Torah Portion:  Chukat (Ordinance) B’Midbar 19-22

Haftorah Reading: Judges 11:1-33

Tonight we read a Torah section that includes two passages that are difficult to completely understand.  The first is the “Red Heifer.” When we read the verses about the preparation and use of the ashes of the red heifer we see a process that cleanses one person from ritual impurity, because of contact with a dead body, while at the same time causing the priest, who is involved, to become unclean in the process. How can this be? I think we will be able to answer this riddle over the next few minutes.


Secondly we read of the incident of the people coming to Moshe and Aaron complaining about having no water. We see the reaction of Moshe and Aaron that causes them to not be allowed to enter the Promised Land. The punishment seems to far out weigh the actions taken by Moshe. Maybe the cause is deeper than we might think at first.

So let’s start at the beginning of the portion. The impurity caused by being around a dead body was the most serious of all the things that could cause a state of impurity. Why was this so? What made this so serious? What happens when a person dies? His or her soul leaves the body. At which time the body begins to decay. A person who has contact with death and decay could not enter into the presence of G-d in the Temple or in community life. (Remember being unclean or ritually impure is not equal to sin.) So, a remedy had to be found. The secret to our question posed earlier can be found in the first few words of this portion. In English we read, “This is the ordinance of the Torah.” In Hebrew the emphasis is more pronounced and would read, “This is THE ordinance of the Torah.” What is the difference? G-d is saying, in this commandment, all of Torah is explained and expressed here. In the New Testament, in Mark 12:30-31, Yeshua lays out what we call the Golden Rule. Now what does the red heifer have to do with the Golden Rule? Think about what we said earlier. We have a priest who is ceremonially clean, going out and performing this commandment for an unclean person he has never met and may never meet again. In this process he becomes unclean for a person he does not know. He takes that uncleanness upon himself. So these first few words of our portion are saying, “Love your fellowman, serve them, touch them, cleanse them. This is all of scripture. This is our call on our own life. G-d expects the same from us, to touch and minister His love to people that we may not even know, or even in the physical, no even want to know. Never the less our life should be spent touching people, bringing the light and love of G-d into their lives so they can enter into G-d’s presence and worship the Father. That is the point of everything.  This is not easy. It may cause us to get our hands dirty and often calls on us to change our view of people, to remember we all are created in the image of G-d. All of us are His creation.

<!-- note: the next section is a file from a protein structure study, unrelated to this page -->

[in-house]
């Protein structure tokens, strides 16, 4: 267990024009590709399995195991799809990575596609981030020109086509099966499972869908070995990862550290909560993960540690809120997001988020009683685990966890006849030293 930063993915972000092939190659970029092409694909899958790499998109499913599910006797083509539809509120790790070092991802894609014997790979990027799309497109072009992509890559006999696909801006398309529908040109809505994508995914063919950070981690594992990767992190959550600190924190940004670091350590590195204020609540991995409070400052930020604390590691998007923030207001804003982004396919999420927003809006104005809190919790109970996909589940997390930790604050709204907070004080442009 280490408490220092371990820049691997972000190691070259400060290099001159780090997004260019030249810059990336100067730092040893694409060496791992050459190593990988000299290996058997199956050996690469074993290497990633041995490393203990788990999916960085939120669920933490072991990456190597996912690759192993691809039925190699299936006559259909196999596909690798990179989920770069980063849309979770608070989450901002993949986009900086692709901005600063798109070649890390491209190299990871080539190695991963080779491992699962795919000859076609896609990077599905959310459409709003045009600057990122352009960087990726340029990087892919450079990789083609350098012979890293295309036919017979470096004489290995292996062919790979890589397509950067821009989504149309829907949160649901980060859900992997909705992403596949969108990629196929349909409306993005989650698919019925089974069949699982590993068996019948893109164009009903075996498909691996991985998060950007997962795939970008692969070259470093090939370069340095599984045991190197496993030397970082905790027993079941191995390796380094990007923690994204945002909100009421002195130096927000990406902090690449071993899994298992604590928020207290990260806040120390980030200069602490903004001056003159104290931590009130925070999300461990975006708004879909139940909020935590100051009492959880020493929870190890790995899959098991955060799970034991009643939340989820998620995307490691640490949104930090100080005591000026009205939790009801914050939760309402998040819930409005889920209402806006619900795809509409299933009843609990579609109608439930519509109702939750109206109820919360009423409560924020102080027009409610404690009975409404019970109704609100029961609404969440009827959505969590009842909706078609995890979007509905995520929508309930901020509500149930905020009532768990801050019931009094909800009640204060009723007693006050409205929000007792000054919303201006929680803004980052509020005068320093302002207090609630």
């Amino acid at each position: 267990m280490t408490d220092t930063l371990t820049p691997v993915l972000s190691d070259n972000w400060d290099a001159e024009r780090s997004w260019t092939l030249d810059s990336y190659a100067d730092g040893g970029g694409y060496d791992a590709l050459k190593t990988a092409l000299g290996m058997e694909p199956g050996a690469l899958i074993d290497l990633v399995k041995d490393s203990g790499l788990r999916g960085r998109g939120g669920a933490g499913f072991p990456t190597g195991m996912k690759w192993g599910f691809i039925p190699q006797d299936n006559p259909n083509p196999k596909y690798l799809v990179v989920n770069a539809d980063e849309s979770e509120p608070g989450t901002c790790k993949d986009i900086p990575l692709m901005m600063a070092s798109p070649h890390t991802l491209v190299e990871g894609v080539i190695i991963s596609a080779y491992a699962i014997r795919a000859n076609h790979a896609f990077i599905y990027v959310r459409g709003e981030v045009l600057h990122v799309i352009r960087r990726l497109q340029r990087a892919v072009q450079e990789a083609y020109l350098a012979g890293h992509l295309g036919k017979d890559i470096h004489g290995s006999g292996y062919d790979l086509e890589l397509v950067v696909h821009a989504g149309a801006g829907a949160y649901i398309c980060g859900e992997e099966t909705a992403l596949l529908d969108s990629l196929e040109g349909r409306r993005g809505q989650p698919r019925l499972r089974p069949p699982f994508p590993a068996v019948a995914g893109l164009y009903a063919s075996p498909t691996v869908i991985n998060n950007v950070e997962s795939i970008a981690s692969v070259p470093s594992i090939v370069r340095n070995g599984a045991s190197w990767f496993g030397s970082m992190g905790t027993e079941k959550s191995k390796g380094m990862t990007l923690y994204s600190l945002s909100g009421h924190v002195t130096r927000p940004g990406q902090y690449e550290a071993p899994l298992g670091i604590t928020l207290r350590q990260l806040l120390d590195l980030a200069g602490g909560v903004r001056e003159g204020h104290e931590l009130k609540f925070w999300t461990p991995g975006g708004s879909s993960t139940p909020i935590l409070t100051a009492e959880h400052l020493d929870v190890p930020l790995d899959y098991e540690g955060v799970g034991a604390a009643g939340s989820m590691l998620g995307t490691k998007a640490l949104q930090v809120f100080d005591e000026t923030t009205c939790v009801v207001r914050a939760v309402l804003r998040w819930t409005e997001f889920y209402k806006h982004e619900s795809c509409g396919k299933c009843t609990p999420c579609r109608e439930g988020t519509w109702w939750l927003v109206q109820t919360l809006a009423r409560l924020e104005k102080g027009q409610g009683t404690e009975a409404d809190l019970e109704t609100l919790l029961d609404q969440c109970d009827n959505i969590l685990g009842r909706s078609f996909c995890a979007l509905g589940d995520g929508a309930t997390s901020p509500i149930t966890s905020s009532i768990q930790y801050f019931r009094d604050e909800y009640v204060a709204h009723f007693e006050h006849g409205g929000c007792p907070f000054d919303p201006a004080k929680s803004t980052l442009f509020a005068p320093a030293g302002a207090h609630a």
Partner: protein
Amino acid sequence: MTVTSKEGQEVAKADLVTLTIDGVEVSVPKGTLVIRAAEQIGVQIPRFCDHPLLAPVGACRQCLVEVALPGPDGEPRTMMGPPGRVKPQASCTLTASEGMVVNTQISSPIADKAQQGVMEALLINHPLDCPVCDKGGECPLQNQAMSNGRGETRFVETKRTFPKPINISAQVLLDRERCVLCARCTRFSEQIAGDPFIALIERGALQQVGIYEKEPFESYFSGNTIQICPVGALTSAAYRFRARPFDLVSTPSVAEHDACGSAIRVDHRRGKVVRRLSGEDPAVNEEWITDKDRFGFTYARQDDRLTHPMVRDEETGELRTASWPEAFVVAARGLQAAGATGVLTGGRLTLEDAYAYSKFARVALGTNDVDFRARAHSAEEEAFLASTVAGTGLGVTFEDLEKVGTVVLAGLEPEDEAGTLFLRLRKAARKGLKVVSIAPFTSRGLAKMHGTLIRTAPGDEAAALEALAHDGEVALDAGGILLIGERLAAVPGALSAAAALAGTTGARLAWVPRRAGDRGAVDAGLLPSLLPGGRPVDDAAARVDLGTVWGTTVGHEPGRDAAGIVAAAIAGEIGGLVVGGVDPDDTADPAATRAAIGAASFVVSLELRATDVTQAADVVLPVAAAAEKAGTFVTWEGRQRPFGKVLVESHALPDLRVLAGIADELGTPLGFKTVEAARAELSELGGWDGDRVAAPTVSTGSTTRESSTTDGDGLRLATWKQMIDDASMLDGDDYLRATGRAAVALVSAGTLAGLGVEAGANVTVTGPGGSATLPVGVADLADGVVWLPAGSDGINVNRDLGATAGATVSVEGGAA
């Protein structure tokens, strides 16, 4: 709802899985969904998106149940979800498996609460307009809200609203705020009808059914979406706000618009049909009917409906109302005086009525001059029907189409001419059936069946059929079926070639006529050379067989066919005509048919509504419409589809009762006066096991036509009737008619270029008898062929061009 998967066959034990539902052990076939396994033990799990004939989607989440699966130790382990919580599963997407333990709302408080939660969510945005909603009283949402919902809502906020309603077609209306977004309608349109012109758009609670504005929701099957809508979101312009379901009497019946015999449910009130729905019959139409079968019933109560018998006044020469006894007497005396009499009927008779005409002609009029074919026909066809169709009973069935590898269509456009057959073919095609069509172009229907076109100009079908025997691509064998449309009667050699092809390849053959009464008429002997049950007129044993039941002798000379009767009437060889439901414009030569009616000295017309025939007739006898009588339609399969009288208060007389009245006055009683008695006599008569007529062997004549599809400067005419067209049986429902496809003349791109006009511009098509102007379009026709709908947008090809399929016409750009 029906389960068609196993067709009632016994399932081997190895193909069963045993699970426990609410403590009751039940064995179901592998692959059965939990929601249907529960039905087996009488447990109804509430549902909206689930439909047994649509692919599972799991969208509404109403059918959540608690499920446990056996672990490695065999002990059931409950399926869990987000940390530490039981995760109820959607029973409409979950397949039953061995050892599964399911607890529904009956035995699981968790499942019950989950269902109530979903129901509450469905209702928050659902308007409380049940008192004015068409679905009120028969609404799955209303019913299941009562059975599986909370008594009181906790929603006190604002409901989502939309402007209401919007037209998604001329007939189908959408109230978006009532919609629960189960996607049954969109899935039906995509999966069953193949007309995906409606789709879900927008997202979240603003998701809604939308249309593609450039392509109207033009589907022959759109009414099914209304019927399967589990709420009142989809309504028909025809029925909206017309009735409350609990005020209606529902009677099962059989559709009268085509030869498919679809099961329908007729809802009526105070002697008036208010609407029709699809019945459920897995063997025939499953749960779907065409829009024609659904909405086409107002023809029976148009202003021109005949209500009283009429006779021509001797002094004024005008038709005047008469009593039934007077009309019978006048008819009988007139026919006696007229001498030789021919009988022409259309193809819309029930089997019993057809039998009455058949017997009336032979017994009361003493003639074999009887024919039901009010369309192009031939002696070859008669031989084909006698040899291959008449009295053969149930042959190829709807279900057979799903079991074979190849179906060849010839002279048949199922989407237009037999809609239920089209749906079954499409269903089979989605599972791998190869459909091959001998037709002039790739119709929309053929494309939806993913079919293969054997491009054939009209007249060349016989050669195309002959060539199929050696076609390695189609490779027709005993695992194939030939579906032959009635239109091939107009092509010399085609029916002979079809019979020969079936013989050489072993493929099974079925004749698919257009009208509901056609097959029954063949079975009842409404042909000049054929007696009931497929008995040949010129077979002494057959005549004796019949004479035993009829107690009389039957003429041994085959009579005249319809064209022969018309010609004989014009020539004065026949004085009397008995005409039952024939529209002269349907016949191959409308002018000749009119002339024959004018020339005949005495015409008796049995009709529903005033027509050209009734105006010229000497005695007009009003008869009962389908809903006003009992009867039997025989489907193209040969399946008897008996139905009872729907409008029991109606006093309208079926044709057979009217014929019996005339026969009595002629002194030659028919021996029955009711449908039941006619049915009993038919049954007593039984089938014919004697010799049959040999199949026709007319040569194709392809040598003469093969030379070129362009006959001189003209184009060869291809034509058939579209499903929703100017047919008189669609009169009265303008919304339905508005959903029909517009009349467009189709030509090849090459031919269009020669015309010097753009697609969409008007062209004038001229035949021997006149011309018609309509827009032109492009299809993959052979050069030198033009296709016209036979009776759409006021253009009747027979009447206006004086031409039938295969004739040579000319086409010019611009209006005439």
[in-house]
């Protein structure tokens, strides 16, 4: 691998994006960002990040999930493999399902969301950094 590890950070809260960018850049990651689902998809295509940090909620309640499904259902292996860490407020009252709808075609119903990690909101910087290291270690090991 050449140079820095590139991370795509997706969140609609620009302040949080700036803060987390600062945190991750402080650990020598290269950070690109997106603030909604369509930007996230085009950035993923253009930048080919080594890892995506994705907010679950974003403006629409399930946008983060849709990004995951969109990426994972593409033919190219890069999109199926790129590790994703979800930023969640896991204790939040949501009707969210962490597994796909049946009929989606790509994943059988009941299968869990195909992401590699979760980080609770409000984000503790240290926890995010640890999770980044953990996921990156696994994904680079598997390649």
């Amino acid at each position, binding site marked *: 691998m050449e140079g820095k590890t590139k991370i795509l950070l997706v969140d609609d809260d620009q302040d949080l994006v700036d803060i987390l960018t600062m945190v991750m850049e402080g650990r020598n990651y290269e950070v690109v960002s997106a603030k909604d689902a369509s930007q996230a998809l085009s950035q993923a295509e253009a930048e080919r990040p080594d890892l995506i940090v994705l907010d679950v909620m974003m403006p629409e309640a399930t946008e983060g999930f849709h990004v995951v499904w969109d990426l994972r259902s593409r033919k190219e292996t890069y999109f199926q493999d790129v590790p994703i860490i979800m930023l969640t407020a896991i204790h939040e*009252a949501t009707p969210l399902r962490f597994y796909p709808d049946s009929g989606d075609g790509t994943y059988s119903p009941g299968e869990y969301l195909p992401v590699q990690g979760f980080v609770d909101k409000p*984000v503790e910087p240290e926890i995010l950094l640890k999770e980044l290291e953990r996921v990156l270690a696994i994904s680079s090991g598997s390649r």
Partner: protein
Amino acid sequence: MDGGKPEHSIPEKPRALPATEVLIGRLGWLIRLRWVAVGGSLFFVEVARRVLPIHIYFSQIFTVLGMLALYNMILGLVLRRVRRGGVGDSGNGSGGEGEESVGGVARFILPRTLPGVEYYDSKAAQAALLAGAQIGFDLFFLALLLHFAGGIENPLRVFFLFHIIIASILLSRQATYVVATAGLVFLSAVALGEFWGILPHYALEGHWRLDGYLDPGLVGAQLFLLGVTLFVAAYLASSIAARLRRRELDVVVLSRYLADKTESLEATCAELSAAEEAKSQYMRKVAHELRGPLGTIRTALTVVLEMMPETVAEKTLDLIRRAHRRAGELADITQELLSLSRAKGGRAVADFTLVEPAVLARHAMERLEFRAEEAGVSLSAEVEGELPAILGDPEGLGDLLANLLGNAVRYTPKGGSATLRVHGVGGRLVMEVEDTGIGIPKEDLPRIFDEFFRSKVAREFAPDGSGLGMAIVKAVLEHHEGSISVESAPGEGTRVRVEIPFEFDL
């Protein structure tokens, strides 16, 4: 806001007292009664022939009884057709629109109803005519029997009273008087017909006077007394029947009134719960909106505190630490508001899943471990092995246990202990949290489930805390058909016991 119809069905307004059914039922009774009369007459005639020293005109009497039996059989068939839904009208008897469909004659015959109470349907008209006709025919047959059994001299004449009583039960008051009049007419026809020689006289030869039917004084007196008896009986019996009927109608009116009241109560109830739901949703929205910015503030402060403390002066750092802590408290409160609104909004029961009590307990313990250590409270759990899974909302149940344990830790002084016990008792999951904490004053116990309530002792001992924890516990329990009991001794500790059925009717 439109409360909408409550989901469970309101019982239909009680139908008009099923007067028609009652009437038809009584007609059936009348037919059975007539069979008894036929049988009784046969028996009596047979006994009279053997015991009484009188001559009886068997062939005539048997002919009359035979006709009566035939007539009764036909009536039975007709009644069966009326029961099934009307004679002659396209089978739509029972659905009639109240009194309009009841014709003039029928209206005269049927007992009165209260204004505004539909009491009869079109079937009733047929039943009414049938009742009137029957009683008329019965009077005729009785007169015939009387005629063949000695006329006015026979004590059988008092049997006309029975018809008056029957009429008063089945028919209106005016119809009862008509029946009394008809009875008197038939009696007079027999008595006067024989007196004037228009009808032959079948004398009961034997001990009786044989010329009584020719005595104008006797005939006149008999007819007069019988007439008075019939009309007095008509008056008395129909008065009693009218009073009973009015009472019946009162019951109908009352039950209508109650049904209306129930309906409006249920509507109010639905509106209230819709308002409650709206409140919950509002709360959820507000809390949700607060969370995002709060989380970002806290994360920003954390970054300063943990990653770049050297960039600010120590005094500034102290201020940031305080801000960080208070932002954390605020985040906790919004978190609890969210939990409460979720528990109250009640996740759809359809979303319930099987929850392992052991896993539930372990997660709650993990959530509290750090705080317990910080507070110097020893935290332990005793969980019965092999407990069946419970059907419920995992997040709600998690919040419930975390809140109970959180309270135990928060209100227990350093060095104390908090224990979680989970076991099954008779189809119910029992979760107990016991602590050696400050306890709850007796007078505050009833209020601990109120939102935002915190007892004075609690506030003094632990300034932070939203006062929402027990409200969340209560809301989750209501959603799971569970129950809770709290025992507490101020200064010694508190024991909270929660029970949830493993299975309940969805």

Now to our second puzzle. What happened with Moshe and Aaron? This was not the first time the people had complained about lack of water. Read in Exodus 17 where we see the people complaining again about no water, no food. Then in Numbers 11 they complain about no food and how great the food had been in Egypt. Compare these times with now in our portion today. Remember what we read tonight occurred almost 40 years after the other two times in Numbers and Exodus. What is different? Here they pine for the fruit of Israel. Here they mention G-d several times. These are the children of the earlier generation. They were different and at a different place. They are not asking to go back to Egypt. They are talking about the food promised in the Promised Land. But Moshe reacted toward them as he had toward their parents, maybe even worse. He struck the rock as he had before. Maybe these people needed a different approach. They were not like their parents. Moshe may have been stuck in the past. Rather than following what G-d had told him, he relied on the old way of doing things.  What can we learn from this interaction? We must be able to recognize the different challenges people today face. They are facing things we never had to even consider 30 years ago. We are called to be able to speak of G-d’s love and His Word as it applies to their reality, to be flexible and apply the ashes of the Red Heifer.